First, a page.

Paul Orlando Awarded CAI’s Educator of the Year Award

Paul_Small PicCommunity Association Institute (CAI) is an international organization dedicated to building better communities.  CAI provides information, education and resources to all community association stakeholders, including community managers and homeowner leaders.  As part of their education efforts, CAI’s Professional Management Development Program (PMDP) provides the most comprehensive, expert education courses for community managers seeking to increase their skills, knowledge and job opportunities.

Paul Orlando, Vice President of Management for SFMC, Inc., has been a member of CAI’s National Faculty since 2009.  At the 2015 CAI National Conference, Mr. Orlando’s dedication and service was honored by CAI as he was presented with the Educator of the Year award.  Paul travels all over the country teaching PMDP’s M-100, The Essentials of Community Association Management, to industry professionals and homeowner leadership.  SFMC is extremely proud of Paul’s accomplishment and we are thankful for all of his efforts to advance education within the industry and beyond.  Congratulations, Paul!


Paul has over 35 years of experience in association management, both as a portfolio manager and as an on-site manager for large scale communities. He is an active participant in CAI activities including service on the Virginia Legislative Action Committee since 2003 and Government & Public Affairs Committee since 2009.  Paul’s Washington Metro Chapter awards include Virginia Public Advocate, Educator of the Year, Recruiter of the Year, Chapter Appreciation and induction into the Chapter Hall of Fame in 2011. Paul was also recognized twice by the Virginia Common Interest Community Board for his participation in drafting regulations for management companies and their employees. Paul was recently appointed by the Governor of Virginia and currently serves on the Virginia Common Interest Community Board.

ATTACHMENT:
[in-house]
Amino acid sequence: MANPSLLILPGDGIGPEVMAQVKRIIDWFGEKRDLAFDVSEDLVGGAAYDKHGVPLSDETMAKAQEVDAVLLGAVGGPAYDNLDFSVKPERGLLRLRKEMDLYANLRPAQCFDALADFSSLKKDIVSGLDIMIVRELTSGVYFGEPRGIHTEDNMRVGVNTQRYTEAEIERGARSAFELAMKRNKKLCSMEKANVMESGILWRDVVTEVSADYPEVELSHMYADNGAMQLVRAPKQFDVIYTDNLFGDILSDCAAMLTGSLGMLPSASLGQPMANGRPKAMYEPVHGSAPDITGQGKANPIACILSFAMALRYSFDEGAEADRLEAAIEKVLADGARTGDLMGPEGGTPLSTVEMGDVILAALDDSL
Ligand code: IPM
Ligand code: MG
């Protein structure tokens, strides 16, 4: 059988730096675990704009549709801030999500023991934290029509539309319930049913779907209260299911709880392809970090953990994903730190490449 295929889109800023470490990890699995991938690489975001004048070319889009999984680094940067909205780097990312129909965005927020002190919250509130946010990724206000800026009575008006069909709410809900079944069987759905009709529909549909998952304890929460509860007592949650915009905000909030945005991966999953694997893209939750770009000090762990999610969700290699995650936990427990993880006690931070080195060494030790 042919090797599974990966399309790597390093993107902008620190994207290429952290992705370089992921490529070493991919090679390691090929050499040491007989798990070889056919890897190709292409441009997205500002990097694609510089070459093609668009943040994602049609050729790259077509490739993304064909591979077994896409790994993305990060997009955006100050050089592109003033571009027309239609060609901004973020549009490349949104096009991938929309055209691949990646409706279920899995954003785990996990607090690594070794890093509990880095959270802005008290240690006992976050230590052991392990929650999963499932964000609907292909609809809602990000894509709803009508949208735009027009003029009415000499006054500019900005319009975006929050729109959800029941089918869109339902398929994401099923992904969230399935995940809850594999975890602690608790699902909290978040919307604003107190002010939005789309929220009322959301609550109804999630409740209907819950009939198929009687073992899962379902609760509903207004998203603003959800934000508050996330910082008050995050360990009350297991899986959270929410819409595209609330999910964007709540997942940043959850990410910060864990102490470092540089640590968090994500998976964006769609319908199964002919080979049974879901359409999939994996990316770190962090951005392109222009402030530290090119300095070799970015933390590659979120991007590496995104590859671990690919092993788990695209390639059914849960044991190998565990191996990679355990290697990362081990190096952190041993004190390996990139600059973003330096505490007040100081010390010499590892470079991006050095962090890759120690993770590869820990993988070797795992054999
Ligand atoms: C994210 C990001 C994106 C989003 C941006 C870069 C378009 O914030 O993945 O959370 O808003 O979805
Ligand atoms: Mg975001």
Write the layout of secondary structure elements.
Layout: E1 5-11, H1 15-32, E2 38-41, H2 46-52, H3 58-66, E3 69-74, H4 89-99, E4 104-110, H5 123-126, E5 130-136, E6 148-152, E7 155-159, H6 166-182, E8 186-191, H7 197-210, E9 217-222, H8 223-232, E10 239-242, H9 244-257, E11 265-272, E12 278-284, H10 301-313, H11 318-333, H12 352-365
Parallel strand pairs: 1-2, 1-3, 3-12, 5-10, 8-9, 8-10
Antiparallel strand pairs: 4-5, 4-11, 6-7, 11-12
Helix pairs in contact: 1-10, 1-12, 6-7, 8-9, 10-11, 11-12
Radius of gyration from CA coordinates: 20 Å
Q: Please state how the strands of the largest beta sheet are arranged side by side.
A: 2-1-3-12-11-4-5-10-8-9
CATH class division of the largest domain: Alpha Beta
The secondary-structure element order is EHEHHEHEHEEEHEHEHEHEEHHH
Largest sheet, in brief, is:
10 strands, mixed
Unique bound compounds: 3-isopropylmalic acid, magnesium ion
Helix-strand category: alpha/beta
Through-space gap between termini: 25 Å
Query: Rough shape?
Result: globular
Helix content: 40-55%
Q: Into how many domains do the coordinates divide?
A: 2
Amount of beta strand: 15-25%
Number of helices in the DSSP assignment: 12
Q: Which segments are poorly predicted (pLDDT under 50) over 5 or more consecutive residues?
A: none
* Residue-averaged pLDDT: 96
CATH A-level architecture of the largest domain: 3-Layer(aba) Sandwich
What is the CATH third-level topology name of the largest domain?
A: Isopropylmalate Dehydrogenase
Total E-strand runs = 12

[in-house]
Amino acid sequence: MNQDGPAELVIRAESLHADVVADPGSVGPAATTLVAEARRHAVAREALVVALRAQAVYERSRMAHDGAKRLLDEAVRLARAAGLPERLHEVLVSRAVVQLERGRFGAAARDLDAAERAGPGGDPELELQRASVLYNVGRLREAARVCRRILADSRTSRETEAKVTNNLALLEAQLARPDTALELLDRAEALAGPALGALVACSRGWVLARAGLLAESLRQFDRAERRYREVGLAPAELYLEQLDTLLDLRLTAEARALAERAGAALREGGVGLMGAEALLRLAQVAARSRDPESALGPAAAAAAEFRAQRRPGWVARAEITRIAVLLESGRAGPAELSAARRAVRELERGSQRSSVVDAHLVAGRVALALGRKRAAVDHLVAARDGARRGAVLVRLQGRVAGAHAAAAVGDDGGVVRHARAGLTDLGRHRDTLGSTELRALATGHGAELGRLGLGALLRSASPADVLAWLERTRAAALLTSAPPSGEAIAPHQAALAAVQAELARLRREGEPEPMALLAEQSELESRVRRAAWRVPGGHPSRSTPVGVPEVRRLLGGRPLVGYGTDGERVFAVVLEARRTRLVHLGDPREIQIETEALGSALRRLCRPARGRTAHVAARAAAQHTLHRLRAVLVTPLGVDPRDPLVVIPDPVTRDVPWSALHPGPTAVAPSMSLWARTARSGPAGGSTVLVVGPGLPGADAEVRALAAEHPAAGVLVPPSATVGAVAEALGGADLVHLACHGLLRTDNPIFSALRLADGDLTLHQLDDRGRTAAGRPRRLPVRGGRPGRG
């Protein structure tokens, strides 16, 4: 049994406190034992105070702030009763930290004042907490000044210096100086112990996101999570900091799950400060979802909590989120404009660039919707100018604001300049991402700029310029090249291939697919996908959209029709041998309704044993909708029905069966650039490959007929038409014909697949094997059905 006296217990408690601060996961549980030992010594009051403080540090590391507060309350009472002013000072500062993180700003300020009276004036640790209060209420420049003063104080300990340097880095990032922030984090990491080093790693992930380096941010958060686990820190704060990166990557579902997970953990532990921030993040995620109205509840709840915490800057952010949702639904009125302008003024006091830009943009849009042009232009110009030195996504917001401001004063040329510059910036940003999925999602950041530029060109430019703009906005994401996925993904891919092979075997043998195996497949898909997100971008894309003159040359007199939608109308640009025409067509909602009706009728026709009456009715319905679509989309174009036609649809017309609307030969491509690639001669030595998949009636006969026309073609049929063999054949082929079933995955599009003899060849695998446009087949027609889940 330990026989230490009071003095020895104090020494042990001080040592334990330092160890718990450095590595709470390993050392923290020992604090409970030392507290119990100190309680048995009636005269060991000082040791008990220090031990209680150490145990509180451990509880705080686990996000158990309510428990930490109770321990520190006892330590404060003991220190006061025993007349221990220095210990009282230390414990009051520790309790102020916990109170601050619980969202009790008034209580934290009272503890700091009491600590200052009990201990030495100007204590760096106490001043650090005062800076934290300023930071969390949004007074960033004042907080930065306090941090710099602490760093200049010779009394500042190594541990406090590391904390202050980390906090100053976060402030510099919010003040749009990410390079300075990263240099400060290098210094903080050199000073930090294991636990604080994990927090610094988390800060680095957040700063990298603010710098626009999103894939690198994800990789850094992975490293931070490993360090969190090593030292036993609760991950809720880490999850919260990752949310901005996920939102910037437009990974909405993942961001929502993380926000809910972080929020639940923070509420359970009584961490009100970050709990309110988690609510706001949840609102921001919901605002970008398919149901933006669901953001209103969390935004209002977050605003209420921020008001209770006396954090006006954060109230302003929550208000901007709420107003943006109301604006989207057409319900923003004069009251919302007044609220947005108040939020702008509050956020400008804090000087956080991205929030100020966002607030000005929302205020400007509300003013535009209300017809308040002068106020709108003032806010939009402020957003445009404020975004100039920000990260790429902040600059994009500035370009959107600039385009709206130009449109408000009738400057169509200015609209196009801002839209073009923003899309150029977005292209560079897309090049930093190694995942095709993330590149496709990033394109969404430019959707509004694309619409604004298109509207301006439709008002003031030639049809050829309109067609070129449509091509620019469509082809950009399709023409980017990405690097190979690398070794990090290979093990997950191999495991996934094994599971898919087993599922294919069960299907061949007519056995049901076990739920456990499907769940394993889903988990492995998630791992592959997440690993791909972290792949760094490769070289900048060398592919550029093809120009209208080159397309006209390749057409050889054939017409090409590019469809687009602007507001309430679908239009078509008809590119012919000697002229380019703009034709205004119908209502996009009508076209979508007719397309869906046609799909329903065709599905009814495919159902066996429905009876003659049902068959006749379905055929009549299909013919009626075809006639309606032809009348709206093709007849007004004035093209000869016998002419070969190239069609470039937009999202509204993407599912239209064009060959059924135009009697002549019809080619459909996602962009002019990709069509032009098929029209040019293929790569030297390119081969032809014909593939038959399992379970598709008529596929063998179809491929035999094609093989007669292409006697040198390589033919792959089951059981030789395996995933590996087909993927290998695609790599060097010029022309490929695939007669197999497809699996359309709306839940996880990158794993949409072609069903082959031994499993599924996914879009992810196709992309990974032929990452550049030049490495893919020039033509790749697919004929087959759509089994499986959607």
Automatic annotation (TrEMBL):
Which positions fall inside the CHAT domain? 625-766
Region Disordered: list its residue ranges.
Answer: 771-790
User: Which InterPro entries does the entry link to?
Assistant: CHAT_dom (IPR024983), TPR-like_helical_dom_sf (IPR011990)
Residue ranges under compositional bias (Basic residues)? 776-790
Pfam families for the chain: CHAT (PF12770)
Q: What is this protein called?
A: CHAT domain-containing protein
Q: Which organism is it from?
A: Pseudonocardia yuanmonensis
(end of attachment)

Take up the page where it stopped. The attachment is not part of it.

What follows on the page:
What Gives the Association the Right to Tell Me What to Do?

In a nutshell: the association declaration and state law gives the association the authority to regulate some of what you can do in our community.

Community associations have a governmental component. Like a city or county government, a community association has a charter—called the declaration. The declaration encompasses bylaws, covenants and other documents that give community associations their legal foundation.

These governing documents obligate the association to preserve and protect the assets of the community. To enable the board to meet this obligation, association governing documents also empower the board to make rules and define the process for adopting and enforcing them—within limits. Governing documents also establish parameters for the nature and type of rules the board can make.

State law gives associations the authority to make rules. These are called common interest community statutes, and they apply to condominiums, cooperatives, and property owners associations.

Remember, however, that the board can’t make or enforce any rule that is contrary to the governing documents, local ordinances, state law or federal regulations. Remember also that the board makes rules on your behalf—to protect your investment, your home.